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  • 14' Roundboat Outboard Questions

    I have recently decided on purchasing a 14' self-bailing roundboat (Alaskan Outfitters/6th Ave. Outfiiters Series) and have my eye on a 6hp Suzuki outboard with the "long" 20" shaft. With this I hope to be able to put around lakes and in the protected waters of PWS, up frog water rivers, down slow rivers, and a multitude of other possibilites.

    The raft has 2 eyelets on the stern that allow for an AK Outfitters outboard mount to be installed.

    My question is, can a 20" shaft on this type of mount sufficiently submerge the prop to allow me to do what I would like? Any experience or insight would be greatly appreciated so as I do not make the wrong investment. I was told by the company that this would work without a problem; however, I just would like some field verification.

    Thanks in advance!

    -HT

  • #2
    Pm sent

    Hunter Tom check your inbox eh.

    Comment


    • #3
      Hmmm...

      HT,

      I would not recommend the practice of using a six-horse on a self bailer. The hull is not designed for that, and as you push the boat through the water you will force water up through the bailer holes in the aft 1/3 of the boat, and fill the back end full of water. Either choose a non-bailer, a cataraft, or a traditional Zodiac-stlye sportboat.

      -Mike

      Originally posted by HunterTom View Post
      I have recently decided on purchasing a 14' self-bailing roundboat (Alaskan Outfitters/6th Ave. Outfiiters Series) and have my eye on a 6hp Suzuki outboard with the "long" 20" shaft. With this I hope to be able to put around lakes and in the protected waters of PWS, up frog water rivers, down slow rivers, and a multitude of other possibilites.

      The raft has 2 eyelets on the stern that allow for an AK Outfitters outboard mount to be installed.

      My question is, can a 20" shaft on this type of mount sufficiently submerge the prop to allow me to do what I would like? Any experience or insight would be greatly appreciated so as I do not make the wrong investment. I was told by the company that this would work without a problem; however, I just would like some field verification.

      Thanks in advance!

      -HT
      Michael Strahan
      Site Owner
      Alaska Hunt Consultant
      1 (907) 229-4501

      Comment


      • #4
        Mike & Blue Moose

        Hey Mike & Blue Moose, thanks for the input.

        I spent quite some time reading your book and the breakdowns of the different styles of raft. For myself, it came down to choosing a raft that could handle heavy loads, Class V's, and extremely narrow wooded rivers.

        I like the versatility of the roundboat and am willing to accept the fact that on extended trips it might be less comfortable than a cat and transporting it can be more difficult since it can not be broken down as well. However, the benefits of being able to run any size and type of river with the roundboat while saving money and still being able to handle a very heavy load are very important.

        I suppose if I really wanted to go with a 6hp outboard I would have to modify the aft section of the raft to handle it, which may or may not work or be worth it. Have you ever tried using a 3.5 to 4 hp outboard on a self-bailer? What are other possible complications from this? Or is it that no matter what you are using, there is always the risk of flooding the stern third of the raft? I have spent a lot of time rafting but have never used an outboard on a raft.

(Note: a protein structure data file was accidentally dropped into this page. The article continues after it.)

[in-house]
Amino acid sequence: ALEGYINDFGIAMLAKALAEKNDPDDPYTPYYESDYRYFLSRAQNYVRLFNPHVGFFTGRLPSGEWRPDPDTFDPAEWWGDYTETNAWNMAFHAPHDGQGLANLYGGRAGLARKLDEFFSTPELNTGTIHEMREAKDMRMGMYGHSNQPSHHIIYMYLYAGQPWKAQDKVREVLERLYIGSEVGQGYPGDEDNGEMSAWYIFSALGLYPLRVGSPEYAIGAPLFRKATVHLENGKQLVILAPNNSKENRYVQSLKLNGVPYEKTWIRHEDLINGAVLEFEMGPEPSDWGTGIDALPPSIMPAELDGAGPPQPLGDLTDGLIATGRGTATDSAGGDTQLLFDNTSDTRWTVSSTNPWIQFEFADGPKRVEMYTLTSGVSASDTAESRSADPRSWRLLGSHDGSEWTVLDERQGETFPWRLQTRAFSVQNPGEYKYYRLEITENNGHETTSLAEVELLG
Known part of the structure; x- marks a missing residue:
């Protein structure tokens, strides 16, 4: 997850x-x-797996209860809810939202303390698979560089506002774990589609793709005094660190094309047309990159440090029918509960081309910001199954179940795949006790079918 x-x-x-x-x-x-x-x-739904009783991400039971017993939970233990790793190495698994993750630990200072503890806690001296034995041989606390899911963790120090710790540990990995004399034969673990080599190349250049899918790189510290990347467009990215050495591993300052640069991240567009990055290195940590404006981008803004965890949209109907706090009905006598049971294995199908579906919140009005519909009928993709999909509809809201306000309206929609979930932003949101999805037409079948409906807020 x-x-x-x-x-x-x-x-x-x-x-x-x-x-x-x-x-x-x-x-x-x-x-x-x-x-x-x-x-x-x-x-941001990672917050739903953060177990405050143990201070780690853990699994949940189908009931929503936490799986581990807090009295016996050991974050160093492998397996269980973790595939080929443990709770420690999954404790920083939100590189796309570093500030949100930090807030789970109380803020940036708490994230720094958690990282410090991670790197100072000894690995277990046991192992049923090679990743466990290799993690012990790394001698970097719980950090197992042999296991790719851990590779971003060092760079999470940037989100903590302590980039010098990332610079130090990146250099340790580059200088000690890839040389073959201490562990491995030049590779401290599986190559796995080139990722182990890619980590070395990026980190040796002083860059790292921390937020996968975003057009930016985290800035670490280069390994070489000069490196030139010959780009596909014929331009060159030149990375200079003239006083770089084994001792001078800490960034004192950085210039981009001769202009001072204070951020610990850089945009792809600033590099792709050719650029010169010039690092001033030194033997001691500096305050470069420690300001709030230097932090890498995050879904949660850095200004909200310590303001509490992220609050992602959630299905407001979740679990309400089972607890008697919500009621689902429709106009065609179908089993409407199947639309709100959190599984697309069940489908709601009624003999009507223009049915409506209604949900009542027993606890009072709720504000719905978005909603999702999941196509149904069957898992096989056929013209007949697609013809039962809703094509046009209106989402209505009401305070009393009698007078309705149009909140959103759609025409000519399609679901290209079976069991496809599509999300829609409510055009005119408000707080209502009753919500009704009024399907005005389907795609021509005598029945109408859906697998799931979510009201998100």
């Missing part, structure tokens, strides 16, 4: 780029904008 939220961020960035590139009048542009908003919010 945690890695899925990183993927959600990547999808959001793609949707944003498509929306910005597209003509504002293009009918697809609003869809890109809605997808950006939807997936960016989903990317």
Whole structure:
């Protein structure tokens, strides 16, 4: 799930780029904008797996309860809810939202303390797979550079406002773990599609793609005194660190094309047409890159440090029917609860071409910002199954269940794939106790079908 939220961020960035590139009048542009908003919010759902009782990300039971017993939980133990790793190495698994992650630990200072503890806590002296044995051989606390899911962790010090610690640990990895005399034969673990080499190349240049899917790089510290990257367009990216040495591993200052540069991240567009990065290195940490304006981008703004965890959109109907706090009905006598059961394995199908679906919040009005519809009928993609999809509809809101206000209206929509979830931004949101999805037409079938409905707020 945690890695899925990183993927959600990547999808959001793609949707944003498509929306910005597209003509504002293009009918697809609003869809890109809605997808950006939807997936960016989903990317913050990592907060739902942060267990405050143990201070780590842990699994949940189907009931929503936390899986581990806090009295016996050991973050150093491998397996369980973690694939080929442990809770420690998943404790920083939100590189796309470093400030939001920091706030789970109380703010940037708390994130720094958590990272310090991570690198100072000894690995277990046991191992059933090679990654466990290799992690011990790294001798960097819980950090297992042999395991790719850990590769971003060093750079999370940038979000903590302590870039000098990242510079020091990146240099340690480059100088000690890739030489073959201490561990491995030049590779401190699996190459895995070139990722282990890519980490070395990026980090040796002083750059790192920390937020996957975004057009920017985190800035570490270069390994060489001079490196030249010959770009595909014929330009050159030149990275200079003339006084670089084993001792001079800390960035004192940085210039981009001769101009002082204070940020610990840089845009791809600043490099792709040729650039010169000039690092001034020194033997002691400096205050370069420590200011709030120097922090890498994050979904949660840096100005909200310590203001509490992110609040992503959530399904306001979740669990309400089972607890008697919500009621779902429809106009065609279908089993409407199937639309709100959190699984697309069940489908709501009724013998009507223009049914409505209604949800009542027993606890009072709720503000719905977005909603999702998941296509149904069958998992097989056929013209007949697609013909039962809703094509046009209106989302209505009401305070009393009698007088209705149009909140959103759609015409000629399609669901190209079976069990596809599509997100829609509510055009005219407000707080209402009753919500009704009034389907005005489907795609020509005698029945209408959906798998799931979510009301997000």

I just want a little something to get me around the lakes, down slow rivers, and around the protected coves of PWS.


        Thanks in advance!

        -HT

        Comment


        • #5
          PWS?

          6HP, 3HP, 9.9HP....same/dif
          Any will push enough to put some water in the boat, which does not bother me much, except .....1) by hanging a motor off the back of the raft you are shifting the center of gravity backwards, and 2) then by adding water in the back of the boat the COG shifts even further backward. Then while out in PWS you hit a tiny swell and WHOOOOPS. Flips happen.
          You can, of course counter balance the COG issue by putting weight forward in the boat, but still, you are beginning to stretch the SAFE usefullness of your watercraft. A WHOOOOPS starts off as fun but they never end up fun.

          I believe whatever style raft you get you will love. It will do most everything great.
          'Cept them self-bailers begin to have center of gravity issues if the water is not very calm and if you are not traveling very slow.

          There have been several threads related to your thoughts-concerns-questions in the last year alone. If you have not already studied them, it would be a great idea.

          Your gonna love your raft. Your gonna have a blast!!

          Dennis
          AK TAGS
          Imagine (It's easy if you try)
          …miles and miles of mountains…wide expanses of tundra...remote wild waters…
          (Whisper words of wisdom) Let It Be

          Comment


          • #6
            Smaller outboards

            Hunter,

            The smaller motors should be fine. I would have no hesitation putting a 3-4 horse on a self bailer. But a six is getting up to where you actually start generating a wake . If your main purpose is simply to increase your downstream travel speed on slow Class I-II rivers, you should be fine. But don't plan on water skiing, or getting up on step with that boat!

            Take care,

            -Mike

            Originally posted by HunterTom View Post
            Hey Mike & Blue Moose, thanks for the input.

            I spent quite some time reading your book and the breakdowns of the different styles of raft. For myself, it came down to choosing a raft that could handle heavy loads, Class V's, and extremely narrow wooded rivers.

            I like the versatility of the roundboat and am willing to accept the fact that on extended trips it might be less comfortable than a cat and transporting it can be more difficult since it can not be broken down as well. However, the benefits of being able to run any size and type of river with the roundboat while saving money and still being able to handle a very heavy load are very important.

            I suppose if I really wanted to go with a 6hp outboard I would have to modify the aft section of the raft to handle it, which may or may not work or be worth it. Have you ever tried using a 3.5 to 4 hp outboard on a self-bailer? What are other possible complications from this? Or is it that no matter what you are using, there is always the risk of flooding the stern third of the raft? I have spent a lot of time rafting but have never used an outboard on a raft.